Money does not make you rich, experience does. Money allows for choices. Experience gives you the wisdom to make the right ones.
After driving the BMW 750Li for a week, I now have the experience to know it’s very desirable. Unfortunately the choice to buy it escapes me, at least for now. Always the optimist.
BMW badges don’t get tacked onto budget-priced rides and, starting at $71,025 (with destination mind you), the 7 Series isn’t tilting toward the Corolla crowd. The particular car sitting in my driveway that’s making my household look a lot more successful than it is stickers for $103,725. Few of us can afford a ride with power assisted door closure. Overall, this automobile would make me feel like a tycoon if it didn’t make me feel so poor.
What experience teaches
It’s good to specialize, but it’s important to be well rounded. That describes the 750. Being a BMW, buyers specifically demand top notch chassis dynamics. It delivers, but not to a spine-jarring fault. It embraces corners, telling a driver what the tires are doing, all while protecting the passengers from harshness. It’s as comfortable in the curves as it is at the country club.
The 7 is so athletic and compelling in the curves, the chauffeur will fear for his job. For the captain of industry who thinks the “triple Teflon coated” feel of a Mercedes S-Class or Lexus LS is too detached, the BMW offers up control with its coddling nature. And what CEO doesn’t like control?
At 70 MPH, it’s not library quiet in the 750, but the sounds heard are the kinds allowed to pass through the velvet rope, if you catch my drift. The V8 sounds rich and lovely when the pedal hits the thick carpet. Drinking premium gasoline, EPA rates fuel consumption at 15 city, 22 highway, explaining the $1,300 gas guzzler tax. Huge disc brakes haul this machine to a standstill right now.
If money is really about choices, the 7 Series offers plenty of them. The 750 is the mid-powered model with a 4.4-liter 400 horsepower V8 with twin turbos (or TwinPower as BMW and Mary-Kate and Ashley Olsen call it). Its deep throaty sound is satisfying. An X-Drive badge tells the neighbors you’ve opted for the security of all-wheel drive handling (rear drive is standard). Finally, the L means it’s five and a half inches longer than a standard 7.
Drop down a notch to the 740 and the 3.0-liter engine is a 315 HP twin turbo inline-6. X-Drive and the L wheelbase can still be had. Surprisingly, the most powerful version is the ActiveHybrid version with 440 horsepower but 15 percent better fuel economy. Sorry, only rear drive here. ActiveHybrid 7 starts at around 102 grand and can easily pass the 120 mark. Rumor has it, it can hit 0-to-60 in around four and a half seconds as opposed to the five second make I’m experiencing. Top speed is electronically governed to 150 MPH in all models. Just so you know.
Goodbye Bangle Butt, hello elegance
The exterior design of the new 7-Series is unmistakably BMW, but less imposing than the outgoing model. As a whole, the lines are more elegant and egalitarian this time around. The controversial but often copied rump penned by Chris Bangle is gone and the greenhouse appears to have more glass.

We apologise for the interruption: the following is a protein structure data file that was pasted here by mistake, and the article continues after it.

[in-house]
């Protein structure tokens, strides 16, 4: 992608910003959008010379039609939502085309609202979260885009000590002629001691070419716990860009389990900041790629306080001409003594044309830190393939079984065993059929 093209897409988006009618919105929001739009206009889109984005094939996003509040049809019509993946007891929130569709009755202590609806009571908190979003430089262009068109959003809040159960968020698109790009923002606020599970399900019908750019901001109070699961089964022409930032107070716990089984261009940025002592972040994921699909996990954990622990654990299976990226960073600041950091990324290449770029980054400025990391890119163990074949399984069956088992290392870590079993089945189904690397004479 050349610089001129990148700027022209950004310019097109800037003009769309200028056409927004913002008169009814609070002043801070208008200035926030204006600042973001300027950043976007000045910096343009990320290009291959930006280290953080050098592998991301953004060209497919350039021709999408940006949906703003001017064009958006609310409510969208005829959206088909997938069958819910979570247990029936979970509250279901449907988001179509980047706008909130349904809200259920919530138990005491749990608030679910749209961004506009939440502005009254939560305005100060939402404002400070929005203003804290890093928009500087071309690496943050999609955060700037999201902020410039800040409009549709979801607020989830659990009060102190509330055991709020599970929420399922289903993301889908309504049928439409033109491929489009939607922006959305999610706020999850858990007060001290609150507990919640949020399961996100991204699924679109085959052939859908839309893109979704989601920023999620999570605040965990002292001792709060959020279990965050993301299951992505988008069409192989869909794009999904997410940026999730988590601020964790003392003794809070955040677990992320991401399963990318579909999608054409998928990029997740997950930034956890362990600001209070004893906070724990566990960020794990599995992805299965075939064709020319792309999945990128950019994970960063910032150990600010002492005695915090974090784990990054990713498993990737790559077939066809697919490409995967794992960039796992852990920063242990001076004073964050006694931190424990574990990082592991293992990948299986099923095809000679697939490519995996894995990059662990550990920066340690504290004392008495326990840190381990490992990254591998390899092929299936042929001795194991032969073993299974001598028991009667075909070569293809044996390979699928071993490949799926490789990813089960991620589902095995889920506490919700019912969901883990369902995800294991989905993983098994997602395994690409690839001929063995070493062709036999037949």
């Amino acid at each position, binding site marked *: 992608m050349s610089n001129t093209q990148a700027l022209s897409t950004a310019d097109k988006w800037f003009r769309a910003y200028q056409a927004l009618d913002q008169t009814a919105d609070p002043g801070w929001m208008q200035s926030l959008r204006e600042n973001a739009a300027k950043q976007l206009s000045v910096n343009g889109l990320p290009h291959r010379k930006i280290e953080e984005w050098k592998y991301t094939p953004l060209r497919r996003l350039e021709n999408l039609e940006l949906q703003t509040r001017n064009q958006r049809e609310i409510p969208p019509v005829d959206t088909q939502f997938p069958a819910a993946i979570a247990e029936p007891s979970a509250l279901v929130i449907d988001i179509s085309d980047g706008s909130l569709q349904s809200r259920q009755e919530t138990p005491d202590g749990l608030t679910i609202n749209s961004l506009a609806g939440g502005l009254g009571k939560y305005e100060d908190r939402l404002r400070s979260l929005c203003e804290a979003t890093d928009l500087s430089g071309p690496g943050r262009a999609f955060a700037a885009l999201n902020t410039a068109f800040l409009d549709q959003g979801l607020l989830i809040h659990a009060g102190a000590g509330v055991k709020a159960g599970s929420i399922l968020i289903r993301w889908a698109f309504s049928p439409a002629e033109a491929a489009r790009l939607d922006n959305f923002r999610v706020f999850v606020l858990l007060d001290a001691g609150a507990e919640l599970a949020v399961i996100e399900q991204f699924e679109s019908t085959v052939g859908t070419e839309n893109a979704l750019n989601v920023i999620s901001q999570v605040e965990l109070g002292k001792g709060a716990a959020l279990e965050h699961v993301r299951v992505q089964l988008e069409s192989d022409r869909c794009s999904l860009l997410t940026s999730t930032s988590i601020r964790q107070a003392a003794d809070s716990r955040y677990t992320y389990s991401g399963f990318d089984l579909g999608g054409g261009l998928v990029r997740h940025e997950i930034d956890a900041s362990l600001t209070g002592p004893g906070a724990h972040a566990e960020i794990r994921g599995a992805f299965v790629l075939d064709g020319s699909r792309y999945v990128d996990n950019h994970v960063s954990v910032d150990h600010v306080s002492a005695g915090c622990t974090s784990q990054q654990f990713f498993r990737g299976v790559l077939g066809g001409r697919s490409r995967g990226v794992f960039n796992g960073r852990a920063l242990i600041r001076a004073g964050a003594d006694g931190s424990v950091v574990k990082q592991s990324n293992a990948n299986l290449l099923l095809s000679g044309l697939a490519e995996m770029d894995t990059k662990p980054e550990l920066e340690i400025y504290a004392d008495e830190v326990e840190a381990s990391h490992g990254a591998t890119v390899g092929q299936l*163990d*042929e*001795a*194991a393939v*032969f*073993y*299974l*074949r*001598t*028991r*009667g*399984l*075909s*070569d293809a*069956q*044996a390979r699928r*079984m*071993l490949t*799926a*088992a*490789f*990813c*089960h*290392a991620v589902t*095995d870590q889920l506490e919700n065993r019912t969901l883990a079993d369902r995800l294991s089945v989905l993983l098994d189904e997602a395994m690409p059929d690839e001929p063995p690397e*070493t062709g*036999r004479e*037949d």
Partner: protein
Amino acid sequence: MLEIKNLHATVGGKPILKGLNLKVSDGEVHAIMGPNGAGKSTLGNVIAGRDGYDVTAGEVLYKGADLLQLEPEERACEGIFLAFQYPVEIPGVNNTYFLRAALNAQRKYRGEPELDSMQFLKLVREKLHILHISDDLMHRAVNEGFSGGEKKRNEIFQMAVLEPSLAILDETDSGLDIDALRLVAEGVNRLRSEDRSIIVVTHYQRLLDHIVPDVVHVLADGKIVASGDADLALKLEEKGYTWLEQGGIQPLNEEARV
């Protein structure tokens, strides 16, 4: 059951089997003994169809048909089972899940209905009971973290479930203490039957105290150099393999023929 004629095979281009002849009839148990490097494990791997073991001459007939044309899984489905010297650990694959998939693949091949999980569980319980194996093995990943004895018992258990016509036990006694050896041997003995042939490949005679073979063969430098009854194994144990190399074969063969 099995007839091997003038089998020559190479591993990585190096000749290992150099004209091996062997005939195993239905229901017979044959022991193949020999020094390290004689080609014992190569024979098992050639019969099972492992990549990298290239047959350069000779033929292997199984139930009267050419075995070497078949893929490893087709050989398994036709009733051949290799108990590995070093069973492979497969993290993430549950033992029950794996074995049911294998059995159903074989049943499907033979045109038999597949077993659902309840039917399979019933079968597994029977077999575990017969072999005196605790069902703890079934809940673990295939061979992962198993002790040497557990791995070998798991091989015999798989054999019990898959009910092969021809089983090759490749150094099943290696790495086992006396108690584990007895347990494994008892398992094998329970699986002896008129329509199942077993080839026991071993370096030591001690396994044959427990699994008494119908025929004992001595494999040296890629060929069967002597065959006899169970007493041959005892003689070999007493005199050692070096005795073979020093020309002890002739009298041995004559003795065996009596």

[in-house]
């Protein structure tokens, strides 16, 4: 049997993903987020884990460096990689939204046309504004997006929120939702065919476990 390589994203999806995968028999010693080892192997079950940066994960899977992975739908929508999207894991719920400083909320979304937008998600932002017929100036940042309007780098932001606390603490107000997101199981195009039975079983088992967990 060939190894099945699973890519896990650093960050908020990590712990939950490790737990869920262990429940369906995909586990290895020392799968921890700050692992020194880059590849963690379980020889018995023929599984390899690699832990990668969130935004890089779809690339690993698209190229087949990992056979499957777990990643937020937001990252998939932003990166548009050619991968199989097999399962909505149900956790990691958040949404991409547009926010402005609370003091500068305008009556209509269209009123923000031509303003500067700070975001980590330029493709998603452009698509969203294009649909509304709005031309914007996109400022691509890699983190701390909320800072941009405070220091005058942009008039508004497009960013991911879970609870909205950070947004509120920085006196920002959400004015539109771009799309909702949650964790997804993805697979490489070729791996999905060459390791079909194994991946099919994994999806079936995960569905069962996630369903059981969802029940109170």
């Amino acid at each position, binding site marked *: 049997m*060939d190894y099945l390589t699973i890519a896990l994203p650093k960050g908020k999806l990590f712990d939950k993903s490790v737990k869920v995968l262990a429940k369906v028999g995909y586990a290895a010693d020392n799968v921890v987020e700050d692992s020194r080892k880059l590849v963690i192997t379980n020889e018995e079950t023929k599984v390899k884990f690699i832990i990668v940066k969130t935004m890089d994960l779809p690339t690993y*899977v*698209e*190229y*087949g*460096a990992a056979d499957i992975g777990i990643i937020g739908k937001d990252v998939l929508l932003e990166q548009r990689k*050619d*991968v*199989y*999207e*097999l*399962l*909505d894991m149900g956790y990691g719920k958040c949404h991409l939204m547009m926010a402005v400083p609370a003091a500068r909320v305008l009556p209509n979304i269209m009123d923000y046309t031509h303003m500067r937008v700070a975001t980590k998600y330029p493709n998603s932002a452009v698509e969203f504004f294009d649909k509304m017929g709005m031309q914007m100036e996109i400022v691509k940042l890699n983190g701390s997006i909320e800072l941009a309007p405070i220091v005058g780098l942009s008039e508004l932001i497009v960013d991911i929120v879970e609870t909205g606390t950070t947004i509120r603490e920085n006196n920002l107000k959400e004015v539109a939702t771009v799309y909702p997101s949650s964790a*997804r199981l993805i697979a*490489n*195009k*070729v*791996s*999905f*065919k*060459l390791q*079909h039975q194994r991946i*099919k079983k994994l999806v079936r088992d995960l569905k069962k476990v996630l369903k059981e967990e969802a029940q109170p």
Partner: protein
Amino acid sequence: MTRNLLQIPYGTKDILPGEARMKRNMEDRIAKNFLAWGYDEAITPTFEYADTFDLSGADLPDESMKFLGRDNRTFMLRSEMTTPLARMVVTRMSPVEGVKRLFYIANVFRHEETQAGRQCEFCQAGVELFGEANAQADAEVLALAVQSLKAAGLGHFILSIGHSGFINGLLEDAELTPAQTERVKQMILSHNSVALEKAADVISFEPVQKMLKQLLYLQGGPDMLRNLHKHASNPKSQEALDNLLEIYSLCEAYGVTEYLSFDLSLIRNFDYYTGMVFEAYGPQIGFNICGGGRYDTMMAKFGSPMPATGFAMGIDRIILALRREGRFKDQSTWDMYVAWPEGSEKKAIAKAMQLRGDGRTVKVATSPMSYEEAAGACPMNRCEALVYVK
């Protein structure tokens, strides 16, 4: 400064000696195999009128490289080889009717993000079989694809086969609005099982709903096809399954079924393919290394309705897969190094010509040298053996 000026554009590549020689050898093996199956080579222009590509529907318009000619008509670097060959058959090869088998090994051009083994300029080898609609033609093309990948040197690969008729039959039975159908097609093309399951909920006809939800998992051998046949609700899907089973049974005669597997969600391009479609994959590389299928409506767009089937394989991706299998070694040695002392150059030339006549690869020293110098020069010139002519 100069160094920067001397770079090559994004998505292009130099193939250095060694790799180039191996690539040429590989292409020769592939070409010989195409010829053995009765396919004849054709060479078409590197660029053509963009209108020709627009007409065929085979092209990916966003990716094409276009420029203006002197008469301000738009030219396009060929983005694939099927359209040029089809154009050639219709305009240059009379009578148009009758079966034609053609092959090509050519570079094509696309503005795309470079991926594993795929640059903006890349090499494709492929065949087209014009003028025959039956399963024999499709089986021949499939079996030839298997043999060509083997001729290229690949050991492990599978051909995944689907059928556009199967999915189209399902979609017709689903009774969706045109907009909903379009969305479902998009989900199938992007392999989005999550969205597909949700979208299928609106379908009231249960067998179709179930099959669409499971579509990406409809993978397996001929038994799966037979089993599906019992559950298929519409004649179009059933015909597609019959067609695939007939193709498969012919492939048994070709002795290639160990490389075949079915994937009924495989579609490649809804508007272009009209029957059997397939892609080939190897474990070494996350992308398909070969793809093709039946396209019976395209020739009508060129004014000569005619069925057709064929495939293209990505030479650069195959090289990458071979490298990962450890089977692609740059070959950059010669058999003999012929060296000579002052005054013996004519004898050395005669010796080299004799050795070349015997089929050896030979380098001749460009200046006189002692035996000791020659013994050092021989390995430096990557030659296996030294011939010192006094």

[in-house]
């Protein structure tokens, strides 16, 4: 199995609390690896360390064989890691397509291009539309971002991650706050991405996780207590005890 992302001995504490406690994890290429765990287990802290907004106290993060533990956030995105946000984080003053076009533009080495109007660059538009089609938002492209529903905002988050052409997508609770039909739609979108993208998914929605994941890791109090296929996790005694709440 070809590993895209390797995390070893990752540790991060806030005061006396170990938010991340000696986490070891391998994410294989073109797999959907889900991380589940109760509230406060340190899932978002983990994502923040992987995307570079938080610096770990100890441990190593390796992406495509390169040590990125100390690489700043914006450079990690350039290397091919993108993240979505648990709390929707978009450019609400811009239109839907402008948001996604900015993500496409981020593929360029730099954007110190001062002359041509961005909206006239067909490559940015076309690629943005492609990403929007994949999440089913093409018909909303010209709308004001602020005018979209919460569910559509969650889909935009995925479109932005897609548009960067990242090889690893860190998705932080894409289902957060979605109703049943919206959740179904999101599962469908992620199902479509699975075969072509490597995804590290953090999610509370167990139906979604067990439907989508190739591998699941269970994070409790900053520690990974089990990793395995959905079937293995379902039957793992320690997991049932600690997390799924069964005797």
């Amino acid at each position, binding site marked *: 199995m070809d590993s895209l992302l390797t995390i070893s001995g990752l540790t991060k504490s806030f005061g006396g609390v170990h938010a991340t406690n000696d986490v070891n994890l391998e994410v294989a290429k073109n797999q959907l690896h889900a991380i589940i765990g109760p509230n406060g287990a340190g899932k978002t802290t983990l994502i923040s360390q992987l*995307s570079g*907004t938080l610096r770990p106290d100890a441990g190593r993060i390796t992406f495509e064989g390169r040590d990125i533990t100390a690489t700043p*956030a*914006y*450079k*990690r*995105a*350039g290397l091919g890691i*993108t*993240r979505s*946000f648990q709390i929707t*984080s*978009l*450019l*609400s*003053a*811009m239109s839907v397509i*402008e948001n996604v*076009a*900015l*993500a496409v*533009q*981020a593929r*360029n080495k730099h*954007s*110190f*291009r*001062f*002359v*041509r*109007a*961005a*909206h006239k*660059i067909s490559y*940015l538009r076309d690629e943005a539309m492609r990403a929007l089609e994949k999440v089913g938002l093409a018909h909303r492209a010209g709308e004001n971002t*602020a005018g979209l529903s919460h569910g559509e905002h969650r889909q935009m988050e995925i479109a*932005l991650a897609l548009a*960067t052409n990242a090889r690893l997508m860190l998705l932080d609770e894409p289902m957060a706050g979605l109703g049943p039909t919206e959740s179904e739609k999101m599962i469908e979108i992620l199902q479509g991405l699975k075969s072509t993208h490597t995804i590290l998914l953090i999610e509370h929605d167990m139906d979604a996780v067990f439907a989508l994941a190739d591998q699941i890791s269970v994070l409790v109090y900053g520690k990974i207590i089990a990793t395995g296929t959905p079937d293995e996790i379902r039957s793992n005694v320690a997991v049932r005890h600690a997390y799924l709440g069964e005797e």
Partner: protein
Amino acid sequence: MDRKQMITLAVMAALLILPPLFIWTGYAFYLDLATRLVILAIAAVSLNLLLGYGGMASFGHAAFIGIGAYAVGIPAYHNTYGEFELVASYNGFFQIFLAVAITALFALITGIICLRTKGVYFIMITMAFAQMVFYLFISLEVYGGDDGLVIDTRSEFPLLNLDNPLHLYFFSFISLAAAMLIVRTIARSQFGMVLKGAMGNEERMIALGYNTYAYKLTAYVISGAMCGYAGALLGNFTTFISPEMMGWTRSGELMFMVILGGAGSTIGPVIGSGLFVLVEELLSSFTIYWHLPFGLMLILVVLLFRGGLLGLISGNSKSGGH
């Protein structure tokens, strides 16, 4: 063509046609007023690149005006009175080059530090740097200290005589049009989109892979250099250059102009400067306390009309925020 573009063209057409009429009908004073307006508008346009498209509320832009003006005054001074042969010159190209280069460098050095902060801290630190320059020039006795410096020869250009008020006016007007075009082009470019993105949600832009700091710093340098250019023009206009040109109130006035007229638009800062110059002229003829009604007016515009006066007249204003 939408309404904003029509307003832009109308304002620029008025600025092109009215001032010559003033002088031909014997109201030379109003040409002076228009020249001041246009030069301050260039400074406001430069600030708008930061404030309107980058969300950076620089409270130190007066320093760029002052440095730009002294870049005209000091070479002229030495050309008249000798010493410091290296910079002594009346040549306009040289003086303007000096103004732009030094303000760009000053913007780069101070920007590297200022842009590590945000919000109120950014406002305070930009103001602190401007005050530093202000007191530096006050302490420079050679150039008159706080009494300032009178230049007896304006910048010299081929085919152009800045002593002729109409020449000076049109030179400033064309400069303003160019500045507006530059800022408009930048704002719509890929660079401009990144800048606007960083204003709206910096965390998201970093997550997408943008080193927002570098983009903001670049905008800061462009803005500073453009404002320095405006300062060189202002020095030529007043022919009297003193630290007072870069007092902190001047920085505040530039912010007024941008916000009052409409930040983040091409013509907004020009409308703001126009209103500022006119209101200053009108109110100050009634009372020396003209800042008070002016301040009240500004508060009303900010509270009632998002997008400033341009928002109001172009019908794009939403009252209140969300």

The 6-speed transmission selector with its joystick operation takes time getting used to. The cabin space doesn’t. Without question, it’s the most luxurious cabin BMW has ever produced. Rich to the eye, smells and feels good, too. The instrument panel is swaddled in cut and sewn leather, the wood clearly from real trees. Open the doors and the reach the end of their travel with a dampened grace.
No matter what your size, the front chairs can cradle perfectly. Too bad they’re not cooled at this price though. Interior door pulls are integrated into the wood trim and, because of their high mount, they’re curiously hard to get used to. With time, I could learn.
In the past, poor and wealthy alike have complained about BMWs user interface called iDrive. Users no longer need an advanced engineering degree from MIT to operate it. A knob that gets turned, pushed and nudged is flanked by dedicated buttons to navigate virtual layers on a crisp wide screen. Not perfect but on par with Audi and Mercedes now. Oddly enough, a rear view camera is optional, and not on this car.
Using iDrive and console mounted buttons the suspension and throttle response can be tuned to your liking (part of the $6,500 M Sport Package). My tester doesn’t have an owner’s manual in the glove box, access it on screen by iDrive. In fact, the only thing this system can’t do is make smoothies (but it can direct you to a Jamba juice, if needed).
Where the letter L lives
To describe the back seat as spacious is like saying Warren Buffett has good credit. String up a net back here and there’s practically room to play tennis. Sitting in the front seat with my legs extended straight out leaves plenty of room for passengers in back. Space is generous enough that BMW provides foot rests. Dual-zone climate control and heated seats in the rear gives the 7 more temperate zones than Kansas. The seat back does not drop forward to expand cargo.
Segue to the TP test. This is not a small car so you’d expect the trunk to be large. Nope. It is very nicely trimmed with storage cubbies and good grade carpet but gooseneck hinge arms and undulations hurt it. Ultimately, at a capacity of 6 packs of Kirkland brand bath tissue, it holds just one more bundle than a 3-Series.
Most buyers will forgive that for the supremely luxurious experience the 7 offers up to both driver and passenger. Yes, it’s easy to dismiss the 750 Li for its cost. $100K should deliver an exceptional product. But here, it’s possible to spend twice that price and get little or no more performance and luxury. Smart buyers will test the handful of cars that reside in this exclusive club. The pampered who want to actually experience the act of driving will gravitate toward the BMW. Because, experience is what makes you rich.